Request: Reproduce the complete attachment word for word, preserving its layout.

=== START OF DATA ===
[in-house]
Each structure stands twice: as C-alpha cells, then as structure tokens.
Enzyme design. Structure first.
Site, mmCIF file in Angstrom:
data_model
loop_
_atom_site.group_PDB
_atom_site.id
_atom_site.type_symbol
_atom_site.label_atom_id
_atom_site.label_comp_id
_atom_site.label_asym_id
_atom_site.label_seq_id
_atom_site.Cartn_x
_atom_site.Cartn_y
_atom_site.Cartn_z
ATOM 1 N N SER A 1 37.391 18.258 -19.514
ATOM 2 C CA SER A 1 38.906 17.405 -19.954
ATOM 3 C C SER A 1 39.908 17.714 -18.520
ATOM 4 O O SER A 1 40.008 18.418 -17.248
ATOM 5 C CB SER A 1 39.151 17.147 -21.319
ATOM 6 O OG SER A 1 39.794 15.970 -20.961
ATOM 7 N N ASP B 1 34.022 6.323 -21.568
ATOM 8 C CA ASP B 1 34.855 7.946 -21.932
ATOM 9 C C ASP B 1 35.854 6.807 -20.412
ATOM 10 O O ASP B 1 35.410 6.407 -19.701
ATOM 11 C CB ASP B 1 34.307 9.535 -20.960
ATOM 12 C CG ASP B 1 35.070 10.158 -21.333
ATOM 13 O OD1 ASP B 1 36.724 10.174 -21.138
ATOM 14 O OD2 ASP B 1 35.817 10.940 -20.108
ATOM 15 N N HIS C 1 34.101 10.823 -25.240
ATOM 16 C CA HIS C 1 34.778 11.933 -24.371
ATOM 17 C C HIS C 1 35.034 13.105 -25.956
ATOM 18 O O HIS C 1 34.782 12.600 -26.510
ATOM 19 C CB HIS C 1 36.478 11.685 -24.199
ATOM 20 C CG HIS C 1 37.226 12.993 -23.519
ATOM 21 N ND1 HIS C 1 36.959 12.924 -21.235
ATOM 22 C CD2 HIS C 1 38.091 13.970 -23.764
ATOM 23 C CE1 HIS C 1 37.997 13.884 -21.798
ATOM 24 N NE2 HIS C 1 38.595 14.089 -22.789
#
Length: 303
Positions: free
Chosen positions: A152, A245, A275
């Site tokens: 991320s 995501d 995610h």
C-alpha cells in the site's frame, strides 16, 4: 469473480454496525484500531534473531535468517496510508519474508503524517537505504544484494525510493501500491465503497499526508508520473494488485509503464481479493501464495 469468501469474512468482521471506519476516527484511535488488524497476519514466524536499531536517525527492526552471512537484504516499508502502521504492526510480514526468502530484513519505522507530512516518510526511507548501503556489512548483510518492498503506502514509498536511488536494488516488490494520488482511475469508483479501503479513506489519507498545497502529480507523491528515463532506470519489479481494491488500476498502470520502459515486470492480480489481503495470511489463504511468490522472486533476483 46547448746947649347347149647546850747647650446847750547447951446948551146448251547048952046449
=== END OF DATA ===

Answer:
[in-house]
Each structure stands twice: as C-alpha cells, then as structure tokens.
Enzyme design. Structure first.
Site, mmCIF file in Angstrom:
data_model
loop_
_atom_site.group_PDB
_atom_site.id
_atom_site.type_symbol
_atom_site.label_atom_id
_atom_site.label_comp_id
_atom_site.label_asym_id
_atom_site.label_seq_id
_atom_site.Cartn_x
_atom_site.Cartn_y
_atom_site.Cartn_z
ATOM 1 N N SER A 1 37.391 18.258 -19.514
ATOM 2 C CA SER A 1 38.906 17.405 -19.954
ATOM 3 C C SER A 1 39.908 17.714 -18.520
ATOM 4 O O SER A 1 40.008 18.418 -17.248
ATOM 5 C CB SER A 1 39.151 17.147 -21.319
ATOM 6 O OG SER A 1 39.794 15.970 -20.961
ATOM 7 N N ASP B 1 34.022 6.323 -21.568
ATOM 8 C CA ASP B 1 34.855 7.946 -21.932
ATOM 9 C C ASP B 1 35.854 6.807 -20.412
ATOM 10 O O ASP B 1 35.410 6.407 -19.701
ATOM 11 C CB ASP B 1 34.307 9.535 -20.960
ATOM 12 C CG ASP B 1 35.070 10.158 -21.333
ATOM 13 O OD1 ASP B 1 36.724 10.174 -21.138
ATOM 14 O OD2 ASP B 1 35.817 10.940 -20.108
ATOM 15 N N HIS C 1 34.101 10.823 -25.240
ATOM 16 C CA HIS C 1 34.778 11.933 -24.371
ATOM 17 C C HIS C 1 35.034 13.105 -25.956
ATOM 18 O O HIS C 1 34.782 12.600 -26.510
ATOM 19 C CB HIS C 1 36.478 11.685 -24.199
ATOM 20 C CG HIS C 1 37.226 12.993 -23.519
ATOM 21 N ND1 HIS C 1 36.959 12.924 -21.235
ATOM 22 C CD2 HIS C 1 38.091 13.970 -23.764
ATOM 23 C CE1 HIS C 1 37.997 13.884 -21.798
ATOM 24 N NE2 HIS C 1 38.595 14.089 -22.789
#
Length: 303
Positions: free
Chosen positions: A152, A245, A275
């Site tokens: 991320s 995501d 995610h």
C-alpha cells in the site's frame, strides 16, 4: 469473480454496525484500531534473531535468517496510508519474508503524517537505504544484494525510493501500491465503497499526508508520473494488485509503464481479493501464495 469468501469474512468482521471506519476516527484511535488488524497476519514466524536499531536517525527492526552471512537484504516499508502502521504492526510480514526468502530484513519505522507530512516518510526511507548501503556489512548483510518492498503506502514509498536511488536494488516488490494520488482511475469508483479501503479513506489519507498545497502529480507523491528515463532506470519489479481494491488500476498502470520502459515486470492480480489481503495470511489463504511468490522472486533476483 46547448746947649347347149647546850747647650446847750547447951446948551146448251547048952046449